Although it’s difficult for us today to imagine making long journeys by foot or by sea, the medieval world was a bustling place. Merchants, diplomats, and individuals on religious pilgrimages regularly traveled across the European continent, and sometimes beyond, for a wide variety of purposes. These journeys allowed for important cultural exchange and trade, and helped scholars to begin to understand Mediterranean geography.
These journeys, of course, were not quick. As such, travelers needed a place to rest. Inns were born from this need. At first, they merely offered places to sleep. As time went on, they began to offer other amenities, like meals, baths, and stables.
Farther east, in China and Japan, baths and inns for travelers popped up even earlier. The oldest consistently operating hotel on record is Nishiyama Onsen Keiunkan, as a resting stop for traveling Japanese soldiers, which began hosting visitors as early as 705 A.D. The hotel is still open today, and still offers the relaxation of its hot springs that it offered to visitors 1,300 years ago.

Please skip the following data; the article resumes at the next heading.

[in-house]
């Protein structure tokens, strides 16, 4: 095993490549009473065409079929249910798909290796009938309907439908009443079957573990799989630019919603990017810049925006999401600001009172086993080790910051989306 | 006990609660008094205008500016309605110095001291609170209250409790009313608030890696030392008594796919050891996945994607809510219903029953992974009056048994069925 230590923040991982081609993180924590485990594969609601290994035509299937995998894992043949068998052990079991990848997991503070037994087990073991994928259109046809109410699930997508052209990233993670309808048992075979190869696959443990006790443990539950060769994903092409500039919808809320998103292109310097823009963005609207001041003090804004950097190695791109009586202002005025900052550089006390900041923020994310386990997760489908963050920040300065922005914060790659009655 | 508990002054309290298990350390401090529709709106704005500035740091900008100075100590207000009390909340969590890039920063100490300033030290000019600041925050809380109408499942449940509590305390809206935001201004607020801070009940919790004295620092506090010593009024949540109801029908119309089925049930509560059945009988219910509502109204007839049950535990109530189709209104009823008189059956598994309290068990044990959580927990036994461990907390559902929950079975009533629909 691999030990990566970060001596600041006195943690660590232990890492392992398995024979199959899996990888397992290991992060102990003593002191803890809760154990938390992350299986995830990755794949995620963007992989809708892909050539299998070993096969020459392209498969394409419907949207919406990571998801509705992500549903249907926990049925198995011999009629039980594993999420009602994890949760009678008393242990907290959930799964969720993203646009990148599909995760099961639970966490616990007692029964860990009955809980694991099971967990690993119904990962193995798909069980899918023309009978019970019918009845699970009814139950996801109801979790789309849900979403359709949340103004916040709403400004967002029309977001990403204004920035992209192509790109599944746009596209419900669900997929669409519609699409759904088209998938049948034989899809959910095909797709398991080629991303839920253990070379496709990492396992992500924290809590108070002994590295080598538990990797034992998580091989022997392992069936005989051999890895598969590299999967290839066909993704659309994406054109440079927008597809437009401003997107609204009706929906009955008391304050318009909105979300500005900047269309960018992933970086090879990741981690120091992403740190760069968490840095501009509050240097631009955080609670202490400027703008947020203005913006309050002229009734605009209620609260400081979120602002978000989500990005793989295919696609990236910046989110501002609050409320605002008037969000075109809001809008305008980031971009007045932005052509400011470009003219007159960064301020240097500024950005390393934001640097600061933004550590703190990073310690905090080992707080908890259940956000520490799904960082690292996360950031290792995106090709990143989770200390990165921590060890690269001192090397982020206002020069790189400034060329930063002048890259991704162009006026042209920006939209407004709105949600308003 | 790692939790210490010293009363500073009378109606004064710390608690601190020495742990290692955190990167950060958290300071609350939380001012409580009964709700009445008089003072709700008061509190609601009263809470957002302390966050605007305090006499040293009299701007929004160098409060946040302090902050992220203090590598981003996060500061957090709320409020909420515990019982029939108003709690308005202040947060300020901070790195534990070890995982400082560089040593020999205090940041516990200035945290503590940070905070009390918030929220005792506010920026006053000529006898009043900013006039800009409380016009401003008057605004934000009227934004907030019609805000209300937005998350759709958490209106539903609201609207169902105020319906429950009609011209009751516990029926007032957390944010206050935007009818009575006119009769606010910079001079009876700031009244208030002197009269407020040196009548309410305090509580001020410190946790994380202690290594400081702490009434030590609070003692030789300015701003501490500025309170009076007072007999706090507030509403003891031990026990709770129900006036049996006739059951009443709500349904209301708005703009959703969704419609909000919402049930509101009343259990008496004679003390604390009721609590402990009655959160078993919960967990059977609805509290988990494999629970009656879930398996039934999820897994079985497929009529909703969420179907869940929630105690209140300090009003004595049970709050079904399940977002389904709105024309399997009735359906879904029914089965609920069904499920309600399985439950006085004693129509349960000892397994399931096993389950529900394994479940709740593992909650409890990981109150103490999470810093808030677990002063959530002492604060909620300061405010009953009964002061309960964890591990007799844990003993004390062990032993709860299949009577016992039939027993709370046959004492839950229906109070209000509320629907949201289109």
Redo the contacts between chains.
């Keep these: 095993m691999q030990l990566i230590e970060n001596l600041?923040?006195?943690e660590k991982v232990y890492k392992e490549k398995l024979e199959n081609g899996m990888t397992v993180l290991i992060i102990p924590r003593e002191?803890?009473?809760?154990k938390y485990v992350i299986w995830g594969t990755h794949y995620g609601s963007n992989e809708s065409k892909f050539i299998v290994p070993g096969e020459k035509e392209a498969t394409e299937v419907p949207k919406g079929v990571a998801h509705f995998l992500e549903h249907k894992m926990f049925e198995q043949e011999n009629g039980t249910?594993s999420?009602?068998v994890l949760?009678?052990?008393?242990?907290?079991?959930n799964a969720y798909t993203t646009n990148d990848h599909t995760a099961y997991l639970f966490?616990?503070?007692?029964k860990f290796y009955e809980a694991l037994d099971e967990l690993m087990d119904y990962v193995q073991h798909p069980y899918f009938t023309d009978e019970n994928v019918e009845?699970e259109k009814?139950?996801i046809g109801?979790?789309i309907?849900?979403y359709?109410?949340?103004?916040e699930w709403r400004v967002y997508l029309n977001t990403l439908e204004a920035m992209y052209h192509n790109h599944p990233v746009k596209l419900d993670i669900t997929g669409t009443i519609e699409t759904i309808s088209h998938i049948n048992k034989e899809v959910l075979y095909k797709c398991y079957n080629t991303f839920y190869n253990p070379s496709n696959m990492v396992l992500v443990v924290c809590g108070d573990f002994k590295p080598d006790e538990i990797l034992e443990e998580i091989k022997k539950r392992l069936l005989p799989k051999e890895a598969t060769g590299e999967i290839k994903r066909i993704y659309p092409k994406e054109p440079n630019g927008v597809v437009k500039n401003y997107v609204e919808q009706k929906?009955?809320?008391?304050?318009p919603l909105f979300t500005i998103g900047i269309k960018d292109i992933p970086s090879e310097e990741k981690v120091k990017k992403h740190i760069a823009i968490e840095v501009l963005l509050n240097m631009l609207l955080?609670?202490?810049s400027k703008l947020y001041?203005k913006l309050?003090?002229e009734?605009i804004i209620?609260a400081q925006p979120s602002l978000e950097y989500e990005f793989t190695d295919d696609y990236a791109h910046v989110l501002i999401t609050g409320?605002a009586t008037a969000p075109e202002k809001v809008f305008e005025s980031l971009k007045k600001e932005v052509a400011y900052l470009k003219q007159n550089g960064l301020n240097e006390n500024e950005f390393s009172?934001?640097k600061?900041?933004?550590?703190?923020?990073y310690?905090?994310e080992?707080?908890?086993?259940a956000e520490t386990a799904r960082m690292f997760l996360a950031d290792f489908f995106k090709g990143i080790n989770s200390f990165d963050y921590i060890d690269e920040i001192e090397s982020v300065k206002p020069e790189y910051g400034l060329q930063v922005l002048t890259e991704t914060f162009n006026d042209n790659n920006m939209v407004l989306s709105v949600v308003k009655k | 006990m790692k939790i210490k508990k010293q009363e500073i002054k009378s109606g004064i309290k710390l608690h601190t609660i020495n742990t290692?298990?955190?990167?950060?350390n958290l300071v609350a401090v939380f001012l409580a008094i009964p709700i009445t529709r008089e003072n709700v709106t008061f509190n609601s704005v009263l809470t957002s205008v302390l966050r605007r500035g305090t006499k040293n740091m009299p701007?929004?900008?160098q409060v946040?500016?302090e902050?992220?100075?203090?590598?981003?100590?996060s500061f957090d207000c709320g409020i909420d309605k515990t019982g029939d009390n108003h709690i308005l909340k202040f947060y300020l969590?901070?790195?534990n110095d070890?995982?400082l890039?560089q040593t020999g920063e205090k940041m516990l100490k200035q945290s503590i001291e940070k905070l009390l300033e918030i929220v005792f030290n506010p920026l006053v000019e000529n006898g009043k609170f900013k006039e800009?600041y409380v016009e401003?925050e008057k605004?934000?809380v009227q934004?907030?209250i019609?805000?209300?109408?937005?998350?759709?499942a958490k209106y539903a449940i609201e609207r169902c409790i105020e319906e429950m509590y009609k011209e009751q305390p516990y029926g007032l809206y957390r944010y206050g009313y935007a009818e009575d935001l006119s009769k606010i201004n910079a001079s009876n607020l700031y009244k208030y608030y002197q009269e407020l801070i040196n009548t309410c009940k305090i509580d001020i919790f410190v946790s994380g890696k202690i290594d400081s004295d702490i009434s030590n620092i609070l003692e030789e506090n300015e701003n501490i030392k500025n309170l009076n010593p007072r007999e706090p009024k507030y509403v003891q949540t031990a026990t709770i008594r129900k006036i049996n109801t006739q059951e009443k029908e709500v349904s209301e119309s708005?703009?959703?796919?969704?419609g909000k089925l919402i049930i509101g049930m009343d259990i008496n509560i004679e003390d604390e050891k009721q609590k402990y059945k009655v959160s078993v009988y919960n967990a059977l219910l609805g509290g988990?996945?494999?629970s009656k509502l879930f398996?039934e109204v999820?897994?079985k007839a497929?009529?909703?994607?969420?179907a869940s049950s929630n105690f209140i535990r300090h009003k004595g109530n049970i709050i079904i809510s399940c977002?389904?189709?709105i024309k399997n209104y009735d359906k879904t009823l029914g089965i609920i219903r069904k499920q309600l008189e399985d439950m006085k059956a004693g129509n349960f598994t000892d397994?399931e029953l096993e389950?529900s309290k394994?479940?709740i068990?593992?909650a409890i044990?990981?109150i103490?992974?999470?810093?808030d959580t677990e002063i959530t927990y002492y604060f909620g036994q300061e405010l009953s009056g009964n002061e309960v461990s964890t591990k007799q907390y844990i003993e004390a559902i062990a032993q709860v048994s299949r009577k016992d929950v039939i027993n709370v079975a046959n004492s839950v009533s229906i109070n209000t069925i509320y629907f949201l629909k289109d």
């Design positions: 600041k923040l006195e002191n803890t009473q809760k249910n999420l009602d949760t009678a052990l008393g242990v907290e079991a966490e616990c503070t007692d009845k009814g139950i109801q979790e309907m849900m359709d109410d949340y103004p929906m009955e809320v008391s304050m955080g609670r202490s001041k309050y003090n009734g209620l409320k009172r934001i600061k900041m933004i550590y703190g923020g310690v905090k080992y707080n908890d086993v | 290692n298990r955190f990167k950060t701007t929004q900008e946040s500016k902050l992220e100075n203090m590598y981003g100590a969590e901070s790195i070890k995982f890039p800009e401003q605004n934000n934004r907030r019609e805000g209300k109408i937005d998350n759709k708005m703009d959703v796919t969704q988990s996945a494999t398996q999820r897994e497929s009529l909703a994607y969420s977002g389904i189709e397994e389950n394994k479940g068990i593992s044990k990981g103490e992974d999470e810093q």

The first institutions that resembled hotels as we know them today appeared in France and England sometime during the fifteenth century. Over the next few centuries, and especially after the Industrial Revolution, the number of urban hotels grew rapidly, with cities being the new epicenters of activity. As new technologies were developed and perfected, hotels adapted and modernized accordingly, eventually incorporating electricity and indoor plumbing.
Today, of course, the hotel industry is enormous and varied. Countless options exist for nearly every price range, location, atmosphere, even theme. If you’re interested in reading more about how hotels became what they are today, you can do so here: https://www.hospitalitynet.org/opinion/4017990.html